Wednesday, September 16, 2015

Sell in May - Buy in October

Credits: Jeff Hirsch
Jeff Hirsch (Sep 16, 2015) - Prior to about 1950, farming was a major portion of the U.S. economy and from 1901-1950, August was the best performing month of the year, up 36 times in 49 years (market closed in August 1914 due to World War I) with an average gain of 2.3%. July was the second best month, up 31 of 50 with an average gain of 1.5%. June was fourth best, averaging 0.9%. Why, you may ask. In a single word, harvesting. As crops were brought to market and sold, cash began to move and so did the stock market.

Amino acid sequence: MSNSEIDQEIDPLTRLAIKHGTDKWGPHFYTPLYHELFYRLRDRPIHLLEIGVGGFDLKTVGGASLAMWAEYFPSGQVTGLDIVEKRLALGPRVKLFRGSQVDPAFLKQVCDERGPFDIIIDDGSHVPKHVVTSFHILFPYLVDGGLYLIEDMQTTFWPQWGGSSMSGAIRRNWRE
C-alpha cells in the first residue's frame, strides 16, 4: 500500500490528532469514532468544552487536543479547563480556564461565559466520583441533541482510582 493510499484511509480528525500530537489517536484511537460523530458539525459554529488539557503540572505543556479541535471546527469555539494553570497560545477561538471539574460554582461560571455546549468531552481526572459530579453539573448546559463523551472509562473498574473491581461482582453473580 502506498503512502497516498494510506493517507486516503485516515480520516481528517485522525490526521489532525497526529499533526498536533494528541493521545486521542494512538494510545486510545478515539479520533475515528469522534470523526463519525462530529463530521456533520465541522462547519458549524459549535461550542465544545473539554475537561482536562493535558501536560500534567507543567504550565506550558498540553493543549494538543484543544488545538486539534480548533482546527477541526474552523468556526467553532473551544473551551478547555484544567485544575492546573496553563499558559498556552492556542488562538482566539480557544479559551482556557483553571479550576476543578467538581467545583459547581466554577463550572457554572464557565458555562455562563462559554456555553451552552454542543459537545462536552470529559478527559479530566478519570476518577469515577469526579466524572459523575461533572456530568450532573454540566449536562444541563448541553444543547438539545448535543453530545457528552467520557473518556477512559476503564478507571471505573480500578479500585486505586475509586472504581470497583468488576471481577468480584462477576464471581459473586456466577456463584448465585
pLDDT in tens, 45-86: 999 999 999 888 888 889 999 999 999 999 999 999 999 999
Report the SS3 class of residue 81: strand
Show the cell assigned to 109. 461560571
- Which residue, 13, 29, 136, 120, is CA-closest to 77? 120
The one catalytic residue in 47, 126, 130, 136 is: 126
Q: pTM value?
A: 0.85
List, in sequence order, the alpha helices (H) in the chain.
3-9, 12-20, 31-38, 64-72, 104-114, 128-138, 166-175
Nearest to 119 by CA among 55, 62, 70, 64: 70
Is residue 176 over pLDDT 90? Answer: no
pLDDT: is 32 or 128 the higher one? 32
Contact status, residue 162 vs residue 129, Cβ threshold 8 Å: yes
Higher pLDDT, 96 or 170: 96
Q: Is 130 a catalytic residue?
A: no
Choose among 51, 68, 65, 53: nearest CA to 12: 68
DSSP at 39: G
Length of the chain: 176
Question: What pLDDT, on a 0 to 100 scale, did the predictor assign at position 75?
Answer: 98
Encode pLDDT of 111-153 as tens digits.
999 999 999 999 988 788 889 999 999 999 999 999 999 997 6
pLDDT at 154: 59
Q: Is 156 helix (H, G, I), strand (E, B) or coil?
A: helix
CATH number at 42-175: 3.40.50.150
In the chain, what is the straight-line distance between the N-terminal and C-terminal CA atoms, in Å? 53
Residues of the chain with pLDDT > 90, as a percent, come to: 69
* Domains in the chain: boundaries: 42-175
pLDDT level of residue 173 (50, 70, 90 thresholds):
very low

Agriculture’s share of GDP began to shrink post World War II as industrialization created a growing middle class that moved to the suburbs where hard-earned salaries would be spent filling new homes with all the modern conveniences we all take for granted now. Farming became more efficient and fewer and fewer people worked on the farm. Suddenly, summer was less about the hard work of harvesting crops and more about vacations and relaxing. As the economy evolved and peoples’ lives changed, the market evolved. June and August went from being top performing months to bottom performing months. August went from #1 to #10 in 1950-2014 with an average loss of 0.1%. June went from #4 to #11 (–0.3% average loss). The shift in DJIA’s seasonal pattern is clear in the [above] chart. “Sell in May” is a post WWII pattern, prior to then it would have been “Buy in May”.